Urenio Watch Watch: Knowledge Economy

Unlocking European universities’ enormous potential

The European Commission has taken a position on how best to modernise Europe’s universities, in order to make their contribution to the EU’s objective to become a leading global and knowledge-based economy. The universities have enormous potential, much of which unfortunately goes untapped because of various rigidities and hindrances.

Freeing up the substantial reservoir of knowledge, talent and energy requires immediate, in-depth and coordinated change: from the way in which systems are regulated and managed, to the ways in which universities are governed. The Commission’s ideas are presented in a Communication adopted at 10 May 2006 which covers all activities of Europe’s universities: their delivery of education, their research activities, and their potential as drivers of innovation. This text responds to a request made at the informal meeting of the European Council in Hampton Court in October 2005 to identify areas for action on universities that can be used to drive forward the Growth and Jobs agenda.

Ján Figel’, Commissioner in charge of Education & Training, said: “Although they train and teach millions of people each year, Europe’s higher education systems remain hampered by a number of obstacles, many of which are decades old. The Communication adopted today is a contribution to the debate on the necessary modernisation of EU’s universities.”

”Universities are power-houses of knowledge generation” said Science and Research Commissioner Janez Potočnik. “They will need to adapt to the demands of a global, knowledge-based economy, just as other sectors of society and economy have to adapt. The ideas we are putting forward today should help kick-start a debate among Member States, and also within universities themselves.”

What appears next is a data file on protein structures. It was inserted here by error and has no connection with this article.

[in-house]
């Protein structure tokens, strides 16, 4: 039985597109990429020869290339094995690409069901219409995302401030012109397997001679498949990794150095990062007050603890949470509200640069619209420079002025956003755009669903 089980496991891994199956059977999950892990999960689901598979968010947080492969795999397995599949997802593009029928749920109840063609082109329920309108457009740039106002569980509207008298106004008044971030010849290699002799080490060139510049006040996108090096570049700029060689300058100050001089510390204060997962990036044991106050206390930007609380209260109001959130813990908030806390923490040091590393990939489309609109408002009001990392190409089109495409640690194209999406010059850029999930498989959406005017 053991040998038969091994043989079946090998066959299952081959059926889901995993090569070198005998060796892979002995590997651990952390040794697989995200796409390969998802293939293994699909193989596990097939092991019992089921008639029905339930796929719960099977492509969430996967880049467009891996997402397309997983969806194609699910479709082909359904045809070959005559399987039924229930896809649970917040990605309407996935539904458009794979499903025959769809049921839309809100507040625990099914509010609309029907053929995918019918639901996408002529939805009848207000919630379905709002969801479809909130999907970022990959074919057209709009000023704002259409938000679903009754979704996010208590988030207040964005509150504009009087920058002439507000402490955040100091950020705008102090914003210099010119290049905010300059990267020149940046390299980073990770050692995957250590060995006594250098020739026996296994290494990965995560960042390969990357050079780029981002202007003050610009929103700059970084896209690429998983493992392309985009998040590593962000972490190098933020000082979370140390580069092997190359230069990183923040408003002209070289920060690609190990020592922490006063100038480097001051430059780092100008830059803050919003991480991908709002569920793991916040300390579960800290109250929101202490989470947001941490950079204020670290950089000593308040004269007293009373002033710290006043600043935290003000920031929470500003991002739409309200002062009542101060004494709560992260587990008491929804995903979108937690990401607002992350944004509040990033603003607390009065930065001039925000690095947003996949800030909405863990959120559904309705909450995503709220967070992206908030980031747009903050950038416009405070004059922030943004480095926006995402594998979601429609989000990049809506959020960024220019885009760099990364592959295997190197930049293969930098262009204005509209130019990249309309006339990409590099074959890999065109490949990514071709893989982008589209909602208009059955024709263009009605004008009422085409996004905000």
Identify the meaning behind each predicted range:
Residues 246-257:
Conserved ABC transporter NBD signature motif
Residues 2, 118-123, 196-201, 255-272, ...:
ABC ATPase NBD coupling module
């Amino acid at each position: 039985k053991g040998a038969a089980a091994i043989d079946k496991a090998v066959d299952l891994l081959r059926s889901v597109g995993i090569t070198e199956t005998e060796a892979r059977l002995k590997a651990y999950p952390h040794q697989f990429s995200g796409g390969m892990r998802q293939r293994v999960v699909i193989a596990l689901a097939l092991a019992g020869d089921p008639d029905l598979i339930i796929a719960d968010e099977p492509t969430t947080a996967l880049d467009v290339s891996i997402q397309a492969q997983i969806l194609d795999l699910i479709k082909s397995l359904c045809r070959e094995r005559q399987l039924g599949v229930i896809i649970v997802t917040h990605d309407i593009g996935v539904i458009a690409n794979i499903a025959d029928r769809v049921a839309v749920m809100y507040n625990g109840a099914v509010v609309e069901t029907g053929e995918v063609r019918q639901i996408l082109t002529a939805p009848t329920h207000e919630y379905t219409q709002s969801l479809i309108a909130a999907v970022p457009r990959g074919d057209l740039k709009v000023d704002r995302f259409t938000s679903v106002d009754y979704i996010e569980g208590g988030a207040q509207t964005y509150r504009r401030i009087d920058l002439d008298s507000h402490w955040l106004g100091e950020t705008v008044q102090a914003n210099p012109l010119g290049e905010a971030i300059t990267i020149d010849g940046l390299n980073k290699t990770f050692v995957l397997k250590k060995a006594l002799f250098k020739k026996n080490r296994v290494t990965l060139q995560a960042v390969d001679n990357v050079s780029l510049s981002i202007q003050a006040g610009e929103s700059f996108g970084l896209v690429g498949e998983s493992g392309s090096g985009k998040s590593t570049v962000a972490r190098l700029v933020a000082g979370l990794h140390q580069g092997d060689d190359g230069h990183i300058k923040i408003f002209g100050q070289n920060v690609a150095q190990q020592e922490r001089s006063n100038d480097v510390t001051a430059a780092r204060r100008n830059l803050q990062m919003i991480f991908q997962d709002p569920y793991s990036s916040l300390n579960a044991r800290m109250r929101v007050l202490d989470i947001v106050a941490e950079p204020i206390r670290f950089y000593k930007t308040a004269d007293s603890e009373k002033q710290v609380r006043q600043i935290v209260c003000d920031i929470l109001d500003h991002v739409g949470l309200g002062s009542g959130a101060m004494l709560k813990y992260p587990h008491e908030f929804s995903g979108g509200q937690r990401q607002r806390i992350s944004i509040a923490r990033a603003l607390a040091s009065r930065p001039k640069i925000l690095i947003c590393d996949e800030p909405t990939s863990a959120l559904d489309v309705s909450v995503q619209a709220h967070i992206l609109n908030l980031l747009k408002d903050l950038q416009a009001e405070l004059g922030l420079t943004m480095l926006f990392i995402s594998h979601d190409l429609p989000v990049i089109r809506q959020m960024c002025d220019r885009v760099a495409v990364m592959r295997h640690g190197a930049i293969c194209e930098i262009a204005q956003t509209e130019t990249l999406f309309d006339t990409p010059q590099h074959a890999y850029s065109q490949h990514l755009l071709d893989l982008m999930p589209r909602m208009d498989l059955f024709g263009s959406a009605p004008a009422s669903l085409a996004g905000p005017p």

The European Commission identifies 9 areas where changes should be made so that Europe’s universities can contribute to the creation of a true knowledge economy. Each institution should find the balance of education, research and innovation which is best suited to its role in its region or country. This will necessarily mean a differentiated approach. The aim is to create a framework within which universities can become stronger players in the global knowledge society and economy. The primary goal must be to achieve excellence in the teaching and research functions of universities.

The proposals put forward by the Commission include:

1. Break down the barriers around universities in Europe
2. Ensure real autonomy and accountability for universities
3. Provide incentives for structured partnerships with the business community
4. Provide the right mix of skills and competencies for the labour market
5. Reduce the funding gap and make funding work more effectively in education and research
6. Enhance interdisciplinarity and transdisciplinarity
7. Activate knowledge through interaction with society
8. Reward excellence at the highest level
9. Make the European higher education area and the European research area more visible and attractive in the world

The Commission stands ready to support the modernisation of EU universities through a process of identifying and sharing good practice, and through its funding programmes for education, research and innovation: the Lifelong Learning Programme, the Seventh Framework Programme for research and development, the Competitiveness and Innovation programme, and the Structural and Cohesion Funds.